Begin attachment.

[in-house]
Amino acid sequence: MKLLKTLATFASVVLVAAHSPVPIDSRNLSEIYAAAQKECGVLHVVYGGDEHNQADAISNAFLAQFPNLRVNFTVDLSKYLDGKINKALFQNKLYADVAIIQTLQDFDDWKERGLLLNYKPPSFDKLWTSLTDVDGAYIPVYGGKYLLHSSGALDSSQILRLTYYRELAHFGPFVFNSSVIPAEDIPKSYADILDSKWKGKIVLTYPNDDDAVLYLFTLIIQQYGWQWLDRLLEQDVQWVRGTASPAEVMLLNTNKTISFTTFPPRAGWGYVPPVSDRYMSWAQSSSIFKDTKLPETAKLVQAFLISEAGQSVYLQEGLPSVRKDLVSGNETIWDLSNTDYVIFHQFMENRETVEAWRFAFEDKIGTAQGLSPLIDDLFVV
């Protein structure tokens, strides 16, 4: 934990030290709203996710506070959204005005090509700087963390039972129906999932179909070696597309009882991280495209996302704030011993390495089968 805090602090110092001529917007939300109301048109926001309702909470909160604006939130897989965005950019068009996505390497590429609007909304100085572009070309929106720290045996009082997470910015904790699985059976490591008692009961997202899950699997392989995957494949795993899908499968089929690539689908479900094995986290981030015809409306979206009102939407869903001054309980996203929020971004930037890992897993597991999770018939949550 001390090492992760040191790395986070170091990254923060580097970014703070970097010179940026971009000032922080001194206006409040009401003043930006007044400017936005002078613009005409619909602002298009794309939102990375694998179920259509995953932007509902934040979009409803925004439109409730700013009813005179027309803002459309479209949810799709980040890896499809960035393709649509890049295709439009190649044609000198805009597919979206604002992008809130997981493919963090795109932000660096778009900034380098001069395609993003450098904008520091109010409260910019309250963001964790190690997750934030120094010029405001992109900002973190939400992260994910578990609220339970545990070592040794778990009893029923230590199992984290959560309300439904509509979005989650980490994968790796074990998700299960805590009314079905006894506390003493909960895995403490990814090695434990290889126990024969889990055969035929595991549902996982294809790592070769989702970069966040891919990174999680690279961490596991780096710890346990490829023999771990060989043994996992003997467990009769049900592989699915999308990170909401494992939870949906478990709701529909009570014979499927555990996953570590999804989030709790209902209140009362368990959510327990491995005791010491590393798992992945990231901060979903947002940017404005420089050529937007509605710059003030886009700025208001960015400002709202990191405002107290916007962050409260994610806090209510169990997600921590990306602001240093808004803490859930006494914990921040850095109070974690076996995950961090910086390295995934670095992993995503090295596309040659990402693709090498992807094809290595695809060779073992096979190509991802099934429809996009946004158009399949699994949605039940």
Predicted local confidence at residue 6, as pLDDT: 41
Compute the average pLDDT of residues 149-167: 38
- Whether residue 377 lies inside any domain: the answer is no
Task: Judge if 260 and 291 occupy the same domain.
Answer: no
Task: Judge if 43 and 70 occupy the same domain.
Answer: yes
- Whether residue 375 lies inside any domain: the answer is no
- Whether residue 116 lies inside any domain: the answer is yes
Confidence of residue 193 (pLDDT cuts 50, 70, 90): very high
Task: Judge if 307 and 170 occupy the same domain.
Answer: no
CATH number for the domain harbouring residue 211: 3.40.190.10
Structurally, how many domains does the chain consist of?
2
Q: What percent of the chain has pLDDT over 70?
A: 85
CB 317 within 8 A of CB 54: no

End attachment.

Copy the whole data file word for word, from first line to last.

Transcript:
[in-house]
Amino acid sequence: MKLLKTLATFASVVLVAAHSPVPIDSRNLSEIYAAAQKECGVLHVVYGGDEHNQADAISNAFLAQFPNLRVNFTVDLSKYLDGKINKALFQNKLYADVAIIQTLQDFDDWKERGLLLNYKPPSFDKLWTSLTDVDGAYIPVYGGKYLLHSSGALDSSQILRLTYYRELAHFGPFVFNSSVIPAEDIPKSYADILDSKWKGKIVLTYPNDDDAVLYLFTLIIQQYGWQWLDRLLEQDVQWVRGTASPAEVMLLNTNKTISFTTFPPRAGWGYVPPVSDRYMSWAQSSSIFKDTKLPETAKLVQAFLISEAGQSVYLQEGLPSVRKDLVSGNETIWDLSNTDYVIFHQFMENRETVEAWRFAFEDKIGTAQGLSPLIDDLFVV
């Protein structure tokens, strides 16, 4: 934990030290709203996710506070959204005005090509700087963390039972129906999932179909070696597309009882991280495209996302704030011993390495089968 805090602090110092001529917007939300109301048109926001309702909470909160604006939130897989965005950019068009996505390497590429609007909304100085572009070309929106720290045996009082997470910015904790699985059976490591008692009961997202899950699997392989995957494949795993899908499968089929690539689908479900094995986290981030015809409306979206009102939407869903001054309980996203929020971004930037890992897993597991999770018939949550 001390090492992760040191790395986070170091990254923060580097970014703070970097010179940026971009000032922080001194206006409040009401003043930006007044400017936005002078613009005409619909602002298009794309939102990375694998179920259509995953932007509902934040979009409803925004439109409730700013009813005179027309803002459309479209949810799709980040890896499809960035393709649509890049295709439009190649044609000198805009597919979206604002992008809130997981493919963090795109932000660096778009900034380098001069395609993003450098904008520091109010409260910019309250963001964790190690997750934030120094010029405001992109900002973190939400992260994910578990609220339970545990070592040794778990009893029923230590199992984290959560309300439904509509979005989650980490994968790796074990998700299960805590009314079905006894506390003493909960895995403490990814090695434990290889126990024969889990055969035929595991549902996982294809790592070769989702970069966040891919990174999680690279961490596991780096710890346990490829023999771990060989043994996992003997467990009769049900592989699915999308990170909401494992939870949906478990709701529909009570014979499927555990996953570590999804989030709790209902209140009362368990959510327990491995005791010491590393798992992945990231901060979903947002940017404005420089050529937007509605710059003030886009700025208001960015400002709202990191405002107290916007962050409260994610806090209510169990997600921590990306602001240093808004803490859930006494914990921040850095109070974690076996995950961090910086390295995934670095992993995503090295596309040659990402693709090498992807094809290595695809060779073992096979190509991802099934429809996009946004158009399949699994949605039940």
Predicted local confidence at residue 6, as pLDDT: 41
Compute the average pLDDT of residues 149-167: 38
- Whether residue 377 lies inside any domain: the answer is no
Task: Judge if 260 and 291 occupy the same domain.
Answer: no
Task: Judge if 43 and 70 occupy the same domain.
Answer: yes
- Whether residue 375 lies inside any domain: the answer is no
- Whether residue 116 lies inside any domain: the answer is yes
Confidence of residue 193 (pLDDT cuts 50, 70, 90): very high
Task: Judge if 307 and 170 occupy the same domain.
Answer: no
CATH number for the domain harbouring residue 211: 3.40.190.10
Structurally, how many domains does the chain consist of?
2
Q: What percent of the chain has pLDDT over 70?
A: 85
CB 317 within 8 A of CB 54: no